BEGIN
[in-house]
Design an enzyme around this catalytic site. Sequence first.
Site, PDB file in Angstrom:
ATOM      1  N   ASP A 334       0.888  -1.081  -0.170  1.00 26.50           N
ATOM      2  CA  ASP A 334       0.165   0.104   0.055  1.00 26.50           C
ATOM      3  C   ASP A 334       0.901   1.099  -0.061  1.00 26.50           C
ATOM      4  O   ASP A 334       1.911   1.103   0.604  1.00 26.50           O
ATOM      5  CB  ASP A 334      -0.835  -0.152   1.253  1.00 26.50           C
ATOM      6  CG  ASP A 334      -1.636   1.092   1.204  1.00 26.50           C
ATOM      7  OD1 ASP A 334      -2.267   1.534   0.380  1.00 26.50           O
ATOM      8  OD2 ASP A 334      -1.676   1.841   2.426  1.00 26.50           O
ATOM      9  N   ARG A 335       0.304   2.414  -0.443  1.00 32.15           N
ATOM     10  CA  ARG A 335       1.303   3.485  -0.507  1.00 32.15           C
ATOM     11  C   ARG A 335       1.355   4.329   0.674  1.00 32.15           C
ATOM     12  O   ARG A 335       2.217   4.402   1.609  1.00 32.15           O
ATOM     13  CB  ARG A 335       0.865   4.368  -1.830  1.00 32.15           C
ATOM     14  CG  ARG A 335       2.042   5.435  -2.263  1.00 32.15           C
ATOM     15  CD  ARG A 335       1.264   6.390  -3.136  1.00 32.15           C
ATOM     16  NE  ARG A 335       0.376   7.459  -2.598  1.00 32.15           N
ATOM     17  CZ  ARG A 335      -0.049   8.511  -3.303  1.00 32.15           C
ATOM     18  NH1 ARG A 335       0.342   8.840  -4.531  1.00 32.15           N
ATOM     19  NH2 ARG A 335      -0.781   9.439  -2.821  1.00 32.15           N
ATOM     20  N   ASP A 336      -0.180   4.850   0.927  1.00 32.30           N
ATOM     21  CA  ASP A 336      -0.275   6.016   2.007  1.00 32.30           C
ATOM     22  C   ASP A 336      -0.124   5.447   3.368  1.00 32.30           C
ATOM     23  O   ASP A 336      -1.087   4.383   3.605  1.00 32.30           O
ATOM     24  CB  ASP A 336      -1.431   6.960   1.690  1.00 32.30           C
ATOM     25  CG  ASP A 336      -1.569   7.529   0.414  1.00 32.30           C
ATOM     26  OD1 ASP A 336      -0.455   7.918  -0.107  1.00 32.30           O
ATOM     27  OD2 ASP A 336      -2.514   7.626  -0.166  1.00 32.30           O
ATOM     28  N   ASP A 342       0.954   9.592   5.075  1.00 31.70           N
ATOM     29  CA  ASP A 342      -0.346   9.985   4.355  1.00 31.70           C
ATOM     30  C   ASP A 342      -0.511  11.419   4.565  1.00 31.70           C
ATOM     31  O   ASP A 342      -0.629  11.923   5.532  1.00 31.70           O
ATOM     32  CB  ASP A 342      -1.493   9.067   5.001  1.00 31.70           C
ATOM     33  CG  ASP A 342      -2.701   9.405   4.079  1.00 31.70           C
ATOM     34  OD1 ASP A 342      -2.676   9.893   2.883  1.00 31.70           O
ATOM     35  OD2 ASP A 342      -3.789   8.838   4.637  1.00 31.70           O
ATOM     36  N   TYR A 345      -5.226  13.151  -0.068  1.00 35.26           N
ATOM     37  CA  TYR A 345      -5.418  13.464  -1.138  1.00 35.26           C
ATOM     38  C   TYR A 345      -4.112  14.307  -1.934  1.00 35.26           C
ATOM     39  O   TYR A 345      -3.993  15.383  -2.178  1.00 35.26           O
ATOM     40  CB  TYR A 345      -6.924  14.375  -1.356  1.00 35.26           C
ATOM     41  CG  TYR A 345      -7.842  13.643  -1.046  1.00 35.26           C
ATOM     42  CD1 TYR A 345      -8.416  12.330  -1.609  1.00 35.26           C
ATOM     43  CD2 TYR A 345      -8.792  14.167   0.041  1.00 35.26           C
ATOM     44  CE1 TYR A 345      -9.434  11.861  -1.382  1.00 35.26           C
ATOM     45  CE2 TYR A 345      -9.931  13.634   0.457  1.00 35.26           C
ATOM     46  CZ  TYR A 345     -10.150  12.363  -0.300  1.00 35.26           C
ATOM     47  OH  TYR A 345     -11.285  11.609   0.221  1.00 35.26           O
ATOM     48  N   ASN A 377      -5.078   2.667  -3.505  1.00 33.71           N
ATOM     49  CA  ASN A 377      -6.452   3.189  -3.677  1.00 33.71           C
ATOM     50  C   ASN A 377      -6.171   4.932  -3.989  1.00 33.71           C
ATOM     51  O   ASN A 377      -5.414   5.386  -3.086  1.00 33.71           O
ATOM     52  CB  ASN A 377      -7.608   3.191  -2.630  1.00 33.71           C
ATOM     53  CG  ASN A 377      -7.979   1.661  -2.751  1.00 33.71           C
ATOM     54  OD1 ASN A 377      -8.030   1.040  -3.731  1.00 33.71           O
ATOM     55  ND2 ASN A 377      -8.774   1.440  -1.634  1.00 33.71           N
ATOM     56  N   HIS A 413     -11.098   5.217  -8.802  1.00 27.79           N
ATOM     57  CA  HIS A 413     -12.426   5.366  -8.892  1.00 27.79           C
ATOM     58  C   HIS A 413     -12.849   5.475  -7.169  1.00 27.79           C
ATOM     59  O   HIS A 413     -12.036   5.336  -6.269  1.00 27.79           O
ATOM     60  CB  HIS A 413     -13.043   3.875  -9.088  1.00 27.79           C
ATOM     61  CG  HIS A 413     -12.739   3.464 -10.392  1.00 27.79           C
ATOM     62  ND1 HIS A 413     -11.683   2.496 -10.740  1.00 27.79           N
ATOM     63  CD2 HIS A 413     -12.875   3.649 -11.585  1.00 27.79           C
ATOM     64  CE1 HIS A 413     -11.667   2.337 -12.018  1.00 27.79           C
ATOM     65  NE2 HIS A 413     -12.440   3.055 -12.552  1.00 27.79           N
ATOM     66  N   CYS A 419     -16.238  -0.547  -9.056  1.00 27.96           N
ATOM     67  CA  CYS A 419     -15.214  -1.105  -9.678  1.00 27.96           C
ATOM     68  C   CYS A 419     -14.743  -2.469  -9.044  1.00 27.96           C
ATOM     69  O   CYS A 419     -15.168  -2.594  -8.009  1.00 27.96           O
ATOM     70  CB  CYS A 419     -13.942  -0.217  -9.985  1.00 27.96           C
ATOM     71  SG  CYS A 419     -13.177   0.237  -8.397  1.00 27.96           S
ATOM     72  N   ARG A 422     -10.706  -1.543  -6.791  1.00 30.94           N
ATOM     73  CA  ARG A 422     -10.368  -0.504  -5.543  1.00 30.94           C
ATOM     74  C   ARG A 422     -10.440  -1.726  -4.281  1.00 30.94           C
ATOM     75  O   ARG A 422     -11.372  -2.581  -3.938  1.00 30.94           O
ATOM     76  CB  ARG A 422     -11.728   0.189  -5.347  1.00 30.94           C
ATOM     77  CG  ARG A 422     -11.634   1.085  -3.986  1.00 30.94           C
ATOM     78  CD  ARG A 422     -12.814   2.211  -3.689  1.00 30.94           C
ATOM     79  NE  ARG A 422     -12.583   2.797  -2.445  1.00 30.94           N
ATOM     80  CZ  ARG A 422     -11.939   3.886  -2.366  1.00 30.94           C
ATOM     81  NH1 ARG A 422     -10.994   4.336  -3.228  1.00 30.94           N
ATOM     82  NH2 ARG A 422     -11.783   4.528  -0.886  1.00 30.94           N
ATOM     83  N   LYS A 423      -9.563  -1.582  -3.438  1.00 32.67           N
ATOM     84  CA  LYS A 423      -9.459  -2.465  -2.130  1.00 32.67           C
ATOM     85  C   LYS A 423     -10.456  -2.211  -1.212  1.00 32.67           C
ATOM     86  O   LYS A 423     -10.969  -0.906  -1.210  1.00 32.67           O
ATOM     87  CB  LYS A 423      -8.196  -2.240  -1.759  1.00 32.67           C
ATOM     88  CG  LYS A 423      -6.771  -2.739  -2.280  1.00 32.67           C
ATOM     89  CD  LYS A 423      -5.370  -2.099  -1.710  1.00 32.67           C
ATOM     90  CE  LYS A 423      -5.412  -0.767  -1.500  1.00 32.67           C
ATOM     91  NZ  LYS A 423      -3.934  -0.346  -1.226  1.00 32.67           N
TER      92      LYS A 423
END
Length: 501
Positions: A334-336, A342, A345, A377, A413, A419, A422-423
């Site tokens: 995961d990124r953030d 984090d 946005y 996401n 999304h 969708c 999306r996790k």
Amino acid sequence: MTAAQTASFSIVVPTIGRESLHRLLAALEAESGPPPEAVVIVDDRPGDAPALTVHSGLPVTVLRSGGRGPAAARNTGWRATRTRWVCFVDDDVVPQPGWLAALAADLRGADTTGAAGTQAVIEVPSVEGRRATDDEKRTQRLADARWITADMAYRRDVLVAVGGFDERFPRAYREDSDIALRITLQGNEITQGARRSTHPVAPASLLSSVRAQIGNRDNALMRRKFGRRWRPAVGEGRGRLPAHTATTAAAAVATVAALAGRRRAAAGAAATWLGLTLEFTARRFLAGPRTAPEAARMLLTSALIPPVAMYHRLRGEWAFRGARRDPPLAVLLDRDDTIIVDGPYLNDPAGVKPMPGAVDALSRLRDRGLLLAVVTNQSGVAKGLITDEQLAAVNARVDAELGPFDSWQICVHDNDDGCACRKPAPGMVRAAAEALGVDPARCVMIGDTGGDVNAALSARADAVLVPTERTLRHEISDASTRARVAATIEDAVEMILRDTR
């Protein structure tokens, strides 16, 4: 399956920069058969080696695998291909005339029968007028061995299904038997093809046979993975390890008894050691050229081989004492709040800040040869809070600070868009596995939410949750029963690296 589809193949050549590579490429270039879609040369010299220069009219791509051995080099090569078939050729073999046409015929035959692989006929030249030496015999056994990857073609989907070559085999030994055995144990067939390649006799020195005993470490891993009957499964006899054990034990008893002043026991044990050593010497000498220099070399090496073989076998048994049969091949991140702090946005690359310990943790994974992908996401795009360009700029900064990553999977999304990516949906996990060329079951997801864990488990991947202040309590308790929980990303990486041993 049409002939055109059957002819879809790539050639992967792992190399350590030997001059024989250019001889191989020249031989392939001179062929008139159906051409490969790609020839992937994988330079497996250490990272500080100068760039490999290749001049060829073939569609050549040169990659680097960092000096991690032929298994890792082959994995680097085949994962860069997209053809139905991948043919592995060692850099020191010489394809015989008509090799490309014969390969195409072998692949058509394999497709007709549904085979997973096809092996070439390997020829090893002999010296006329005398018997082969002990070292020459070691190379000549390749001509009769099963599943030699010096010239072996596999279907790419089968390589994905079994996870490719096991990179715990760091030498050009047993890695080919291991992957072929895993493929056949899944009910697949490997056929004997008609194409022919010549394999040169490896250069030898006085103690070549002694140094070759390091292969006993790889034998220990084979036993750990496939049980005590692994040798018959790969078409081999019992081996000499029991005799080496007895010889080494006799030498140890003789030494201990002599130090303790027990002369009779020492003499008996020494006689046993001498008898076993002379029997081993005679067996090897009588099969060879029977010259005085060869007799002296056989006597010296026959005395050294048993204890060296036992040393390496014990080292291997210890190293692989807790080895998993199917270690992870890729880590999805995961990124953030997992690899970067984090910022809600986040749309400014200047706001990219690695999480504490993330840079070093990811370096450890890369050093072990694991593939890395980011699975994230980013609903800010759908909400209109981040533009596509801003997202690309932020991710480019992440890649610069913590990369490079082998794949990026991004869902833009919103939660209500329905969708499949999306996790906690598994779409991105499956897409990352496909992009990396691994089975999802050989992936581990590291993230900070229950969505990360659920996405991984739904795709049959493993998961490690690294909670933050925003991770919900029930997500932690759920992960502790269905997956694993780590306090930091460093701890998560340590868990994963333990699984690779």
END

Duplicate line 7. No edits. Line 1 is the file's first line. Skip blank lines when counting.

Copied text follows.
ATOM      4  O   ASP A 334       1.911   1.103   0.604  1.00 26.50           O